So, learn the signs of depression in men. Then, talk to them about your concern, suggest seeking help from a mental health professional, and offer to set up an appointment and go with them. Showing care and concern is a first step toward improving their mental outlook.
2. Prostate cancer affects one in eight men
The American Cancer Society estimates the 2022 prostate cancer stats as follows: Prostate cancer is expected to be still the second leading cause of cancer and the second leading cause of cancer death in American men. This year alone, almost 270,000 men will be diagnosed with this disease.
The good news is I’m happy to say the outlook for prostate cancer has never been better. Men diagnosed with prostate cancer have a remarkable 98 percent survival rate thanks to early detection, improved treatments, and new medications. Basically, you have a greater risk of dying from another cause besides prostate cancer.
But, here’s the deal and what I say to all men; your survival rate for prostate cancer will significantly improve if you know the signs and symptoms, your family history of this disease, and are screened yearly beginning at age 40. It’s called preventative care and very likely will save your life.
3. Men make less healthy lifestyle choices
The optimal time for practicing good health habits is early in life. This sets a lifelong foundation for improving a man’s risk of avoiding chronic health conditions like heart disease, type 2 diabetes, or chronic kidney disease. But, for some reason, men often ignore this message. As a result, unhealthy lifestyle habits such as poor food choices, lack of exercise, too many late nights, too many alcoholic beverages, smoking, or illegal drug use, put a man’s health at risk.
The reality is men live shorter lives than women. If you haven’t noticed, the longevity gender gap between older men and women is eye-opening – walk into any nursing home or assisted living facility in the U.S., and the women easily outnumber the men. Therefore, it’s essential to continue shining a spotlight on men’s health to close this gap. Keep encouraging men to live healthier lives, one day at a time. Have conversations about their health and well-being. Help men to monitor and take control of their health.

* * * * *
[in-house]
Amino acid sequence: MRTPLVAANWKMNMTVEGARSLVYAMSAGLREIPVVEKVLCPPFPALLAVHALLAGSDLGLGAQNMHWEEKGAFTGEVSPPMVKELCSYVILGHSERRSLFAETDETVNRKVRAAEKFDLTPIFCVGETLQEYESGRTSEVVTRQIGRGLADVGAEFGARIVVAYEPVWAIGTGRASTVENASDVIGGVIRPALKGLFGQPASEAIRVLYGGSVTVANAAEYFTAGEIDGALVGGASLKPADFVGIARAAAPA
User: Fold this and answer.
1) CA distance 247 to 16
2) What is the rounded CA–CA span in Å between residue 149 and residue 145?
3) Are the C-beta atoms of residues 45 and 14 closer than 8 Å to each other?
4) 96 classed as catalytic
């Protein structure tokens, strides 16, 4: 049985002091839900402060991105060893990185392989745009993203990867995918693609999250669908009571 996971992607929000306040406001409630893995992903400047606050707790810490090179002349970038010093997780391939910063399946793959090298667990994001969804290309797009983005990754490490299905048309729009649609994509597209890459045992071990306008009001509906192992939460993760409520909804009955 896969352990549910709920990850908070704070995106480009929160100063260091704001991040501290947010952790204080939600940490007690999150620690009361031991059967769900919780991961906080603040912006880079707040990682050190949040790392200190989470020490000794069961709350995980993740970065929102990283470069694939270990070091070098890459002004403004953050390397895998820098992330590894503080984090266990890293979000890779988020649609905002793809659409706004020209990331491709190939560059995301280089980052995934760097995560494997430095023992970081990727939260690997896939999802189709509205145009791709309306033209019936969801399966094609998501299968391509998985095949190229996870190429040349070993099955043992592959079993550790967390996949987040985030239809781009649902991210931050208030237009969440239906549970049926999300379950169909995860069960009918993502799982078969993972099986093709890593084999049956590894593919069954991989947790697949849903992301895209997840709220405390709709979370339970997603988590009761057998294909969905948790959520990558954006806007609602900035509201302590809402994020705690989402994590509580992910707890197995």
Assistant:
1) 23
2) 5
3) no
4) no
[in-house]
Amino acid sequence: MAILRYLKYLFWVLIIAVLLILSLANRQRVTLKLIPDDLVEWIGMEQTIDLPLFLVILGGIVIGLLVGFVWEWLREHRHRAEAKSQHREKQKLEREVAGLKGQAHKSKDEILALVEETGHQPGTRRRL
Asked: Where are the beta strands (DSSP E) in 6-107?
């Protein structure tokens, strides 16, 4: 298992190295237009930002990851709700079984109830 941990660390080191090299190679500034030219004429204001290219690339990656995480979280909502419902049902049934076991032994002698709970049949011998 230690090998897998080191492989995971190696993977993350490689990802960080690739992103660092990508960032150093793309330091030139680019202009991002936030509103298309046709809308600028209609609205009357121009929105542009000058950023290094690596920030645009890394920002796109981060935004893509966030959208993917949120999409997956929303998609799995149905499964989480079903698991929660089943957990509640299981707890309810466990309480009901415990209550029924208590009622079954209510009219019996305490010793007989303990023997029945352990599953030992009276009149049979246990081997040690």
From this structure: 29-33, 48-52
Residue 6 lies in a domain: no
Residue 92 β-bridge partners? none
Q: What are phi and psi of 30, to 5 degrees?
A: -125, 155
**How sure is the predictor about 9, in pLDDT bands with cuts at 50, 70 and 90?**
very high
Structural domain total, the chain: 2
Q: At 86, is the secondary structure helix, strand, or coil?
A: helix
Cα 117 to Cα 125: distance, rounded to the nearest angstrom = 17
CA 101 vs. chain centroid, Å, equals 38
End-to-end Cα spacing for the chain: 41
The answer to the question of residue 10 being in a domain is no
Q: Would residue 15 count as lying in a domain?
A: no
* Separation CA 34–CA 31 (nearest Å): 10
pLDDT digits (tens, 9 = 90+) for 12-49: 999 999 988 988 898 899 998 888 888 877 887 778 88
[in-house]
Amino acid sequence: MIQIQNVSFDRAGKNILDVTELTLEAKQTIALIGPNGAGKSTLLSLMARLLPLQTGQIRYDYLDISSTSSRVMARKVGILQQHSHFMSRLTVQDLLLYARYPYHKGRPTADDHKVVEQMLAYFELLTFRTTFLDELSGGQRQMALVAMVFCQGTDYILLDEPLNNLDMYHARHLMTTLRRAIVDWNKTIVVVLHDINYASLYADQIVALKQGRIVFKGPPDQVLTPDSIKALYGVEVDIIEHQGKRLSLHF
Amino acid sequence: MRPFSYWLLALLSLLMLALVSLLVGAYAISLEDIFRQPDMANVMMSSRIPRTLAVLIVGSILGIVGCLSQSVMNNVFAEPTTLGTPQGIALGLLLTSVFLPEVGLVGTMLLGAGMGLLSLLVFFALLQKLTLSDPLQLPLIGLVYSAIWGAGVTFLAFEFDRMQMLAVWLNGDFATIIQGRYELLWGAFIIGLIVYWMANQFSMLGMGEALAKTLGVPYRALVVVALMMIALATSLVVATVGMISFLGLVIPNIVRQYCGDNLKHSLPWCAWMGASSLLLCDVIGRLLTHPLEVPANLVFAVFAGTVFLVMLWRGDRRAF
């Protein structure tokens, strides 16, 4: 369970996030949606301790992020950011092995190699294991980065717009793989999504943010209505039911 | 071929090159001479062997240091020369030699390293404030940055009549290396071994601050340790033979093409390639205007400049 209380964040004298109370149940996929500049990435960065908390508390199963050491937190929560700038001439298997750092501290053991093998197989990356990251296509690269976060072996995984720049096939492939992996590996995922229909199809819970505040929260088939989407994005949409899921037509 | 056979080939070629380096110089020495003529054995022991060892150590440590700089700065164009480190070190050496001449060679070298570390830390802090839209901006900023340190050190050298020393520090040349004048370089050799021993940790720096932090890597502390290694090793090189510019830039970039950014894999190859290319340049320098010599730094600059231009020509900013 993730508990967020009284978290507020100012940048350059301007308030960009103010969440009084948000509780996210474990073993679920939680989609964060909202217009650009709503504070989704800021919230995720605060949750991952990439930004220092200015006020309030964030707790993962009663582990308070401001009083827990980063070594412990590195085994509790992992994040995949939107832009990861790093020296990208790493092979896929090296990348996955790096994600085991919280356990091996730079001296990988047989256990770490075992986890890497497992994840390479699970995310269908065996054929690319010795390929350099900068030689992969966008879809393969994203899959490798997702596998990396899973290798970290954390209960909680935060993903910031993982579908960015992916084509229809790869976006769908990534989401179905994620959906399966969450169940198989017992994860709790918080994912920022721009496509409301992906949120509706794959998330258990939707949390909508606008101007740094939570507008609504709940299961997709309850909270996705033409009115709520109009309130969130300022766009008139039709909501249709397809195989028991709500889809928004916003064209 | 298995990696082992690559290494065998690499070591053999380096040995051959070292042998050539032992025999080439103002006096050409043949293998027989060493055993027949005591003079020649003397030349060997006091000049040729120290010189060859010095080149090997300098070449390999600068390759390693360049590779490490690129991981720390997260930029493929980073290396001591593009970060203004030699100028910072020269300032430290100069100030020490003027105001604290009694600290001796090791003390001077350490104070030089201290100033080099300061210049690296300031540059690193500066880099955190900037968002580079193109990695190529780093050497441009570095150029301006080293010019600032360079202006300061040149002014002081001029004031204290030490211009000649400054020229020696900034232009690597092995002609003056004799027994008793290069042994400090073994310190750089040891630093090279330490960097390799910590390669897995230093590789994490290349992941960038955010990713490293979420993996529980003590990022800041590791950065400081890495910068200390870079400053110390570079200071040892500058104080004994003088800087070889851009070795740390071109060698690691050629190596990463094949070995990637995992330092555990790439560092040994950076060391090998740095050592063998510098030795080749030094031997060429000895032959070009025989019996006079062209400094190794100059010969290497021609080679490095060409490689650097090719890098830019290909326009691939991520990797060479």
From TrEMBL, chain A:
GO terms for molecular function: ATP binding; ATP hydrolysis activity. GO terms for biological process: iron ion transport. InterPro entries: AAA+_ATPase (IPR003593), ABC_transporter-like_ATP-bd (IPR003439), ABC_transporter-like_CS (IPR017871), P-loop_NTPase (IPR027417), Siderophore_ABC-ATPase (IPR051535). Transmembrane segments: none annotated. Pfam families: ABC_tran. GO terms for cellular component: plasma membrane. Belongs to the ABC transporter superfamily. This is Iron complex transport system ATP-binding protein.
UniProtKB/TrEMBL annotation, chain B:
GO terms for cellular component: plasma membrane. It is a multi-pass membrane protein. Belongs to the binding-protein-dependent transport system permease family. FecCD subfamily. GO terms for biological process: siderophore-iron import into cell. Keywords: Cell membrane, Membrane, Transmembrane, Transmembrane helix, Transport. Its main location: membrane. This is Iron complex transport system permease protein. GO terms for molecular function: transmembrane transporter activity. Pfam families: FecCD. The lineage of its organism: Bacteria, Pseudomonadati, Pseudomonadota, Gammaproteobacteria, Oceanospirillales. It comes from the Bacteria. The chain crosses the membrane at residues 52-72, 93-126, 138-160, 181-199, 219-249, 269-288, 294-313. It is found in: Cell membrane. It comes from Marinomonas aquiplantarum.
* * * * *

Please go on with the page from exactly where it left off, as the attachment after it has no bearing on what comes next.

Once we convince men to consistently make healthy lifestyle choices, it’s time to celebrate. And this is what June’s Men’s Health Month is all about. So let’s continue celebrating going forward.
Dr. David Samadi is the Director of Men’s Health and Urologic Oncology at St. Francis Hospital in Long Island. He’s a renowned and highly successful board certified Urologic Oncologist Expert and Robotic Surgeon in New York City, regarded as one of the leading prostate surgeons in the U.S., with a vast expertise in prostate cancer treatment and Robotic-Assisted Laparoscopic Prostatectomy. Dr. Samadi is a medical contributor to NewsMax TV and is also the author of The Ultimate MANual, Dr. Samadi’s Guide to Men’s Health and Wellness, available online both on Amazon and Barnes & Noble. Visit Dr. Samadi’s websites at robotic oncology and prostate cancer 911.